June 04 2024

Why Sea has a growing fintech business

Super apps in Southeast Asia have been forced in recent years to confront a harsh reality: More is not necessarily better, at least when it comes to the number of services provided by the same app. Sea Group, the most valuable listed company in Southeast Asia, has never branded itself as a super app, but its business model has sought to tap the synergies among its gaming, e-commerce and fintech arms.  Recently, however, the fintech business has begun to grow rapidly – and not necessarily because of integration with Shopee.

Sea’s fintech business had a solid first quarter. Revenue rose 21% to US$499.4 million, while adjusted EBITDA was US$148.7 million, up 50.3% year-on-year. Sea’s digital financial services revenue and operating income are primarily attributed to its consumer and SME credit business. As of March 31, 2024, consumer and SME loans principal outstanding was US$3.3 billion, up 28.7% year-on-year.

While Sea’s first digital bank was in Singapore, and it also has one in Malaysia, we like the prospects for its online banks in the Philippines and Indonesia. These markets have ample low-hanging fruit, and Sea can bring onboard customers who are entering the formal banking system for the first time, not just those who are opening a secondary account just to benefit from a promotion.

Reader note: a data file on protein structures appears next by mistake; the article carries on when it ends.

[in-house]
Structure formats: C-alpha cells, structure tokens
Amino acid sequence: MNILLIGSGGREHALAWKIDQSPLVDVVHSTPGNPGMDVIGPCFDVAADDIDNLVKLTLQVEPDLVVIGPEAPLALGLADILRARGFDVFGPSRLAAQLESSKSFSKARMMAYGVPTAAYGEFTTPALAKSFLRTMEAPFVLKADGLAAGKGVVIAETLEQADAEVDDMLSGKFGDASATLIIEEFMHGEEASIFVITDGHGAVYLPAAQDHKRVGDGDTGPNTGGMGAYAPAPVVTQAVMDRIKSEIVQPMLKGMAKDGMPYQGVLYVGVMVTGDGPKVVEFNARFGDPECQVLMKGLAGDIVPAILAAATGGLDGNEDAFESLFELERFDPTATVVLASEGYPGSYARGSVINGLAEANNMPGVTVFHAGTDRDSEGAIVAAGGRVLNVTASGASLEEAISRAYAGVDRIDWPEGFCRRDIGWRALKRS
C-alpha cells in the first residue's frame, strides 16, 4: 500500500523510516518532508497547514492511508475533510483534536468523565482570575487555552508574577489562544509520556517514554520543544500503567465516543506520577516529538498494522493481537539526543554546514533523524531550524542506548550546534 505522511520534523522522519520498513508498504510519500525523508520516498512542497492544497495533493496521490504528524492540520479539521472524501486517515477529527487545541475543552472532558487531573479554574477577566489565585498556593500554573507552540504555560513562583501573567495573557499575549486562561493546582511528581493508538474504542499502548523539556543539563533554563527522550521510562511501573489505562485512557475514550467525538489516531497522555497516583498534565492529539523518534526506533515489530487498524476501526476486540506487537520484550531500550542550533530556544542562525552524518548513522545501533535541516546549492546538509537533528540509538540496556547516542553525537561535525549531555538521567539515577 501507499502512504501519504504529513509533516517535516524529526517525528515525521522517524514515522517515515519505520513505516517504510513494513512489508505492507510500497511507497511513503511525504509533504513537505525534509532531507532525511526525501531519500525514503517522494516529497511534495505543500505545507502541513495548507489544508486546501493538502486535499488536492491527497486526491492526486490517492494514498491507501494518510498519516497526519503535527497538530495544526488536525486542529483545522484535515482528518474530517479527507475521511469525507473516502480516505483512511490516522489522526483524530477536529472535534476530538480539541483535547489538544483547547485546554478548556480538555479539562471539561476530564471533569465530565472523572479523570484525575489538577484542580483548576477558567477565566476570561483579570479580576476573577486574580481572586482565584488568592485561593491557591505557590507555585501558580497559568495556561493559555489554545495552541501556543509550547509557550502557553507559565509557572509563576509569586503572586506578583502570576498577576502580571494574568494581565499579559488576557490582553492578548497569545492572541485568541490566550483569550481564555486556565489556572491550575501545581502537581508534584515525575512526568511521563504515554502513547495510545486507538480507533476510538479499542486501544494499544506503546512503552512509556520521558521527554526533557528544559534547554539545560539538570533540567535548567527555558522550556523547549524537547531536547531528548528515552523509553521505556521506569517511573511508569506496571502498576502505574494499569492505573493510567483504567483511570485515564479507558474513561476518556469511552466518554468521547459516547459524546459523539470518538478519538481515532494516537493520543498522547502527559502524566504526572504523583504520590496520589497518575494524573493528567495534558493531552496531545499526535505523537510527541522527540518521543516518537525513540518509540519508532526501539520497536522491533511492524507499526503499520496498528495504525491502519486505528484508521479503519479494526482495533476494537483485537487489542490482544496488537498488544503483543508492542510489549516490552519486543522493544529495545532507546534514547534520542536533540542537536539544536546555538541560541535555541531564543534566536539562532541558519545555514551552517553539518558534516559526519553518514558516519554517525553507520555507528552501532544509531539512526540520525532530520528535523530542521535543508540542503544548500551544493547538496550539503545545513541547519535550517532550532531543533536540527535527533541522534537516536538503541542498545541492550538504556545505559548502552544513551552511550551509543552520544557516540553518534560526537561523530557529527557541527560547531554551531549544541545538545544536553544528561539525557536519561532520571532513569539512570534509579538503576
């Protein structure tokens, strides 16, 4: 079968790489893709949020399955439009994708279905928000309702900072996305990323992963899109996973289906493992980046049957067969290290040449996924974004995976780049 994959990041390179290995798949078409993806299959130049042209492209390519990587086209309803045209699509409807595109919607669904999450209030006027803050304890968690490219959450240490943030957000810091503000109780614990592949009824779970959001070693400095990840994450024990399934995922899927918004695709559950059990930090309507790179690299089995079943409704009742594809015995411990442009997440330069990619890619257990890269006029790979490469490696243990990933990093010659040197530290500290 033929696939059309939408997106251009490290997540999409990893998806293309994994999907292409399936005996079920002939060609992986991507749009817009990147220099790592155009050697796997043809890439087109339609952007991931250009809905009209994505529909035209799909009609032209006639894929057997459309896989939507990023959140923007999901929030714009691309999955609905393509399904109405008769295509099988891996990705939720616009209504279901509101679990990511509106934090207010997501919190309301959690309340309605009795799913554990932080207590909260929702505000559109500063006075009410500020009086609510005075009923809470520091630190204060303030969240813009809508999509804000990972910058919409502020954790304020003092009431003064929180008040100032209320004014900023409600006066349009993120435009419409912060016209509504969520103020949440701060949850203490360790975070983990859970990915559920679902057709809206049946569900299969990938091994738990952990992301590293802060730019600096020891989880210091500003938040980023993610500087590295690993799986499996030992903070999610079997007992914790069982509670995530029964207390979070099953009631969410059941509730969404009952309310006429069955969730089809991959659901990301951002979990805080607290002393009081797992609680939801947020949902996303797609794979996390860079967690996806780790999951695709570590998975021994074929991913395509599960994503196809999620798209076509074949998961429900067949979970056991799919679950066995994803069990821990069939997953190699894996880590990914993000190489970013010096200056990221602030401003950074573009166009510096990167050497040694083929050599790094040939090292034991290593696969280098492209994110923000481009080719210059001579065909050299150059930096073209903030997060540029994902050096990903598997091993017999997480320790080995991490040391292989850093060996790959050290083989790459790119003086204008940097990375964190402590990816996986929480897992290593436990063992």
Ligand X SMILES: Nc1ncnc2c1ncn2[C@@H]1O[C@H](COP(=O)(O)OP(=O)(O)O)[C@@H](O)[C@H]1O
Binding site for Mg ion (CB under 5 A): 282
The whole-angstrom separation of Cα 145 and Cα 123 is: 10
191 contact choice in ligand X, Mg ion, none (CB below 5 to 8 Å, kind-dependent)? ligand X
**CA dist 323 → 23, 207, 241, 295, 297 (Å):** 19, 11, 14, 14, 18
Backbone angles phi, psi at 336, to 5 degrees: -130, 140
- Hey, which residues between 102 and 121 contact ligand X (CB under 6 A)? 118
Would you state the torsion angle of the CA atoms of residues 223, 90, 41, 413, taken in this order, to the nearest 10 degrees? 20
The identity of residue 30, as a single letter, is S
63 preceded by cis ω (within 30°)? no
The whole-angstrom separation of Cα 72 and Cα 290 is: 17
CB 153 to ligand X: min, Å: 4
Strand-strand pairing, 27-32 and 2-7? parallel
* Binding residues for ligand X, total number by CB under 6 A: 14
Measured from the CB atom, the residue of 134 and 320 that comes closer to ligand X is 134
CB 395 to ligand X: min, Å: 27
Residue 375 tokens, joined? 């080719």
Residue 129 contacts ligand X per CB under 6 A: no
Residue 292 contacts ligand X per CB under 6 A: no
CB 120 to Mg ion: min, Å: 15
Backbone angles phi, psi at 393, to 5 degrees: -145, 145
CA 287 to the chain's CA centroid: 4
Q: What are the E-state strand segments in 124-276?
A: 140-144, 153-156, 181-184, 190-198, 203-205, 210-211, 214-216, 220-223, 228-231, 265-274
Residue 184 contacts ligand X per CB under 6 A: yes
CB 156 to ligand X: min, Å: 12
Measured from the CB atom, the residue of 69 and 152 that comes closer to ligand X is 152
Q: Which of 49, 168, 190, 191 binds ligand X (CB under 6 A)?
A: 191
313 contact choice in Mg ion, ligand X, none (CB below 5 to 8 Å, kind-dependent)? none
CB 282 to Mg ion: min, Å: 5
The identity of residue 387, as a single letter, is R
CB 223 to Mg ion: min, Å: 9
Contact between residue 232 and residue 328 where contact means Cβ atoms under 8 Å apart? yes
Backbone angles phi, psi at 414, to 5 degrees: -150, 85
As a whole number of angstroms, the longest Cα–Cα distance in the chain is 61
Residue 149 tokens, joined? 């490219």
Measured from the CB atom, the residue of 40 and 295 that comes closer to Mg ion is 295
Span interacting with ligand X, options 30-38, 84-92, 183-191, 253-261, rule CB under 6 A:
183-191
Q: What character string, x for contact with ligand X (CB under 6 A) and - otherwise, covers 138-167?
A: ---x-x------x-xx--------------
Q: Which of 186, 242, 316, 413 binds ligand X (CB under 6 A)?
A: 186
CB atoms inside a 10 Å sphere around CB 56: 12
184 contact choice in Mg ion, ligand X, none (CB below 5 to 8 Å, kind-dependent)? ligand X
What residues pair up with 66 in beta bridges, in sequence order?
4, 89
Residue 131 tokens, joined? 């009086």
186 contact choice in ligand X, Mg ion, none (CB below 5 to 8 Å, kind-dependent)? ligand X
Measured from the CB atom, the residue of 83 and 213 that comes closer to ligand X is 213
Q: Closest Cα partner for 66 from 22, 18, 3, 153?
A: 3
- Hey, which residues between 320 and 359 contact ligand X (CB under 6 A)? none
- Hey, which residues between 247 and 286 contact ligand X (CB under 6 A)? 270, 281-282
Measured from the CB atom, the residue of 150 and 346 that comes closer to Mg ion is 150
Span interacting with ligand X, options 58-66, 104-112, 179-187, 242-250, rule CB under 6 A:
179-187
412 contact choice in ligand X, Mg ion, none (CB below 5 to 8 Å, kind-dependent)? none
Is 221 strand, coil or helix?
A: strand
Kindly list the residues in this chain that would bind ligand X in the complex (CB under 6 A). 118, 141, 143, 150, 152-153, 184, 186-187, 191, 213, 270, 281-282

SeaBank Philippines posted a profit of P110.7 million in the January-March period, the company’s first profitable quarter since launching its app in June 2022. SeaBank attributed the profitability to the doubling of its loan portfolio to P13 billion over the previous year and a 75% growth in deposits to P20.23 billion. What is interesting about Sea’s bank in the Philippines is how it has carved out a niche as a so-called “rural bank” – for which licensing requirements are less stringent than the six official digital banks in the country.

We suspect SeaBank Philippines’ loan portfolio is benefiting from the tie-up inked last with WeFund Lending, owner of the JuanHand app. Under the agreement, SeaBank announced last November that it planned to provide roughly 300 million pesos in loans to eligible borrowers through the JuanHand app. JuanHand offers loans from US$36 to US$902 payable within 30 to 120 days.

Meanwhile, Sea is also considering increasing its fintech presence in Indonesia. While it already has SeaBank Indonesia, which was originally Bank BKE before Sea bought it, the Singaporean company is expected to acquire a 10-15% stake in HiBank, a subsidiary of PT Bank Negara Indonesia Tbk (BNI), according to Royke Tumilaar, BNI’s president director. The deal could close as early as the end of June, and would give Sea a new channel from which to tap digital financial services opportunities in Southeast Asia’s largest economy.